Matt Hughes shows the incredible physical progress he’s made since 2017 train accident

Matt Hughes

In 2017, former UFC welterweight champion Matt Hughes was involved in a train accident that nearly claimed his life. He’s come a long way since then.

The accident occurred on June 16, 2017—three years ago as of yesterday—when Hughes’ truck collided with a train.

The former champion later sued Norfolk Southern Railway company, claiming the accident left him with “severe, progressive and permanent brain and bodily injuries.”

Despite the toll this accident took, Hughes has made a miraculous physical recovery. He shared his progress with some photos and videos on Instagram.

 

View this post on Instagram

 

6-16-17. My accident was 3 years ago today. In some ways it doesn’t feel like that long ago, but in other ways, my old life feels like a lifetime ago. My life has changed so much in these past 3 years. Some for the better, some for the worse. According to my MRI, I should have never woke up from my coma. I should be dead or have what is referred to as locked-in syndrome. About a year after my accident, I got complacent. I wasn’t noticing any big improvements. I was depressed, I felt like a burden, I felt worthless, and I would pray for God to take me. This past year has been an awakening for me. I have a new mindset and goals. I am beyond grateful for every physician, doctor, nurse, therapist, coach, first responder, family member, friend, etc. who worked with me over the past 3 years. I thank God for guiding their hands and their decisions. I am extremely thankful for all the many prayers from each and every one of you. To my friends and family who stuck it out with me during all the ups and downs, I wouldn’t be here if not for you. As an athlete, I thought I knew the body well. I realized, I know nothing when it comes to the brain. I still have a long way to go and I still have days where I get extremely sad and down, but I refuse to accept “this is as good as it’s going to get”. If you are caring for someone with a brain injury, please be patient with them. Please don’t pick arguments or be overly critical. Educate yourself about the injury before you assume we are just being difficult for no reason. If you have a brain injury, get help immediately. Stick to your therapy. Try and surround yourself with supportive people. See a counselor to help you through the tough times. Remove negative people and as much stress as possible from your life. This injury will not fix itself over time. You have to challenge yourself daily. Push your body further than what you think is possible. Finally, thank you all for the support and encouragement you have given me these past 3 years. It definitely helps. Thank you for sharing your stories with me. Please keep the prayers coming, I sure do appreciate them. #rebirth #tbi #tbiawareness #aliveday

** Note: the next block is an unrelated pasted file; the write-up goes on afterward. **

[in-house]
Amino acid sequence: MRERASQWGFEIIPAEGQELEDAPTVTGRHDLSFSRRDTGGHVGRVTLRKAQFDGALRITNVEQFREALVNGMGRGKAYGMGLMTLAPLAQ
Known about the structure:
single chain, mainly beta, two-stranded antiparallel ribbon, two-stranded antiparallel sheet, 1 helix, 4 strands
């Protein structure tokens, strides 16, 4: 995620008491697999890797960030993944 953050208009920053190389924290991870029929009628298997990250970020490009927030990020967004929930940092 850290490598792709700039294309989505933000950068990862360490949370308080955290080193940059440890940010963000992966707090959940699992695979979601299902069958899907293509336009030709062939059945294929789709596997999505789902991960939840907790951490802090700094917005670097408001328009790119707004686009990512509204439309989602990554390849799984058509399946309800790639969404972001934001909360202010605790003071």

A post shared by Matt Hughes (@matthughes9x) on

“6-16-17. My accident was 3 years ago today,” Matt Hughes wrote in the caption for his post. “In some ways it doesn’t feel like that long ago, but in other ways, my old life feels like a lifetime ago. My life has changed so much in these past 3 years. Some for the better, some for the worse. According to my MRI, I should have never woke up from my coma. I should be dead or have what is referred to as locked-in syndrome.

“About a year after my accident, I got complacent,” Hughes continued. “I wasn’t noticing any big improvements. I was depressed, I felt like a burden, I felt worthless, and I would pray for God to take me. This past year has been an awakening for me. I have a new mindset and goals. I am beyond grateful for every physician, doctor, nurse, therapist, coach, first responder, family member, friend, etc. who worked with me over the past 3 years. I thank God for guiding their hands and their decisions. I am extremely thankful for all the many prayers from each and every one of you. To my friends and family who stuck it out with me during all the ups and downs, I wouldn’t be here if not for you.

“As an athlete, I thought I knew the body well,” Hughes wrote. “I realized, I know nothing when it comes to the brain. I still have a long way to go and I still have days where I get extremely sad and down, but I refuse to accept “this is as good as it’s going to get”. If you are caring for someone with a brain injury, please be patient with them. Please don’t pick arguments or be overly critical. Educate yourself about the injury before you assume we are just being difficult for no reason.

“If you have a brain injury, get help immediately,” Hughes concluded. “Stick to your therapy. Try and surround yourself with supportive people. See a counselor to help you through the tough times. Remove negative people and as much stress as possible from your life. This injury will not fix itself over time. You have to challenge yourself daily. Push your body further than what you think is possible.

“Finally, thank you all for the support and encouragement you have given me these past 3 years. It definitely helps. Thank you for sharing your stories with me. Please keep the prayers coming, I sure do appreciate them.”

Matt Hughes retired from mixed martial arts competition in January of 2013, after a pair of knockout losses to Josh Koscheck and Matt Hughes. Those losses were preceded by a trio of wins over Ricardo Almeida, Renzo Gracie and Matt Serra.